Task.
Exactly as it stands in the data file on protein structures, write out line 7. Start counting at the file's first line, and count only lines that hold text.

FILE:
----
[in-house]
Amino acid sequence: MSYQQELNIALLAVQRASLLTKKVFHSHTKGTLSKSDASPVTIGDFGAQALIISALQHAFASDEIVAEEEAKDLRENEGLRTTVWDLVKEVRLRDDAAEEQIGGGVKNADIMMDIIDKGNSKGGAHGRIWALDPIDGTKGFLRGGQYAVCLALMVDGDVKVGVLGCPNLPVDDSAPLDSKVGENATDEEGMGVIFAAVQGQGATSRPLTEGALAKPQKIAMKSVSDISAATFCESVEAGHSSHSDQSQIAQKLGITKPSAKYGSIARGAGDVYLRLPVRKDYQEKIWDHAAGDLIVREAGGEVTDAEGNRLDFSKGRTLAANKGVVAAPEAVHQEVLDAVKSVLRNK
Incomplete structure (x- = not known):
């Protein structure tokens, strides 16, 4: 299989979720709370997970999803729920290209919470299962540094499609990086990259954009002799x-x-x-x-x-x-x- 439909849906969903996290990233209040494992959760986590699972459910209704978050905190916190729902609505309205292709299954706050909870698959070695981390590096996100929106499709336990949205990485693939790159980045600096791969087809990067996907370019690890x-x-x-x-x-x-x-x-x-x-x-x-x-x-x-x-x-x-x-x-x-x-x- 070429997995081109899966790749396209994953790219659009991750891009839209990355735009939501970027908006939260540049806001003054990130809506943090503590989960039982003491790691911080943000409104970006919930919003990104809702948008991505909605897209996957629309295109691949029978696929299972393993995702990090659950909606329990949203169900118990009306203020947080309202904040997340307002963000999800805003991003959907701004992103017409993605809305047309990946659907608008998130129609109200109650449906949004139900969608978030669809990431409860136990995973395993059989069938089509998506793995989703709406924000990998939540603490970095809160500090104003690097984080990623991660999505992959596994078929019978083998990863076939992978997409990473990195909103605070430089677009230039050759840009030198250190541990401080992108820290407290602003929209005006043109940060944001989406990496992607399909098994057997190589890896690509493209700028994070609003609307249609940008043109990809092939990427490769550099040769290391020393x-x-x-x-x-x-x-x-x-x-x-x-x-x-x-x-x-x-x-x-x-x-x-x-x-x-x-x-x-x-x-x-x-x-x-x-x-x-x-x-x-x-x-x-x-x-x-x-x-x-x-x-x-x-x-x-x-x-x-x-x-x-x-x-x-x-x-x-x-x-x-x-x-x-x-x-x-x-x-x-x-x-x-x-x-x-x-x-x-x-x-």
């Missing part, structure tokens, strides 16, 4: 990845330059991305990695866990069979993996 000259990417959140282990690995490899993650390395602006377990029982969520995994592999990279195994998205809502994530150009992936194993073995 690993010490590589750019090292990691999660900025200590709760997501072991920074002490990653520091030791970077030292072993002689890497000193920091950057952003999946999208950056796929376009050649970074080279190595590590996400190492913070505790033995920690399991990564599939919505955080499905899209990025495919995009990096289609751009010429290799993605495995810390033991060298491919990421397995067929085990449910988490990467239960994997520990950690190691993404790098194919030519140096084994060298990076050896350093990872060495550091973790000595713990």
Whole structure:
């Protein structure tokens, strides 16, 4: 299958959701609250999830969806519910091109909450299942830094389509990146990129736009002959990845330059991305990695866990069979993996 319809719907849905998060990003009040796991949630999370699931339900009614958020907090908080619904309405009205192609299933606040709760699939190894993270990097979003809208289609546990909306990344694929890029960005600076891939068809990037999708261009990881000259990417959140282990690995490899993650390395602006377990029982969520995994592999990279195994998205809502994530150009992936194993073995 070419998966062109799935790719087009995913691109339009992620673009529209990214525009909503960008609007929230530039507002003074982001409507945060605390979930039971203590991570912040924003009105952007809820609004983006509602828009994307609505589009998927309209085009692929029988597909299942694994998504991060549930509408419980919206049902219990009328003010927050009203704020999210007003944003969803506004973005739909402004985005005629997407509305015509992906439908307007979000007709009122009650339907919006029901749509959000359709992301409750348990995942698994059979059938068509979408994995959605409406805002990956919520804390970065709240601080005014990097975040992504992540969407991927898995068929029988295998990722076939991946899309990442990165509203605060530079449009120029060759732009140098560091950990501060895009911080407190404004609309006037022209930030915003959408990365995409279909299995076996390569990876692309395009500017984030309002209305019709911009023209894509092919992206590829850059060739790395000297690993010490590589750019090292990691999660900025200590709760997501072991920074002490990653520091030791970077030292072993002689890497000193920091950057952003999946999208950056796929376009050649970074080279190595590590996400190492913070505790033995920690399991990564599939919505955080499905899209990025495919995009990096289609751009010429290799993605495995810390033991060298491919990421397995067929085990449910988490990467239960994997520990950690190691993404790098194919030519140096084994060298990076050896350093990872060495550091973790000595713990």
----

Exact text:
């Protein structure tokens, strides 16, 4: 299958959701609250999830969806519910091109909450299942830094389509990146990129736009002959990845330059991305990695866990069979993996 319809719907849905998060990003009040796991949630999370699931339900009614958020907090908080619904309405009205192609299933606040709760699939190894993270990097979003809208289609546990909306990344694929890029960005600076891939068809990037999708261009990881000259990417959140282990690995490899993650390395602006377990029982969520995994592999990279195994998205809502994530150009992936194993073995 070419998966062109799935790719087009995913691109339009992620673009529209990214525009909503960008609007929230530039507002003074982001409507945060605390979930039971203590991570912040924003009105952007809820609004983006509602828009994307609505589009998927309209085009692929029988597909299942694994998504991060549930509408419980919206049902219990009328003010927050009203704020999210007003944003969803506004973005739909402004985005005629997407509305015509992906439908307007979000007709009122009650339907919006029901749509959000359709992301409750348990995942698994059979059938068509979408994995959605409406805002990956919520804390970065709240601080005014990097975040992504992540969407991927898995068929029988295998990722076939991946899309990442990165509203605060530079449009120029060759732009140098560091950990501060895009911080407190404004609309006037022209930030915003959408990365995409279909299995076996390569990876692309395009500017984030309002209305019709911009023209894509092919992206590829850059060739790395000297690993010490590589750019090292990691999660900025200590709760997501072991920074002490990653520091030791970077030292072993002689890497000193920091950057952003999946999208950056796929376009050649970074080279190595590590996400190492913070505790033995920690399991990564599939919505955080499905899209990025495919995009990096289609751009010429290799993605495995810390033991060298491919990421397995067929085990449910988490990467239960994997520990950690190691993404790098194919030519140096084994060298990076050896350093990872060495550091973790000595713990």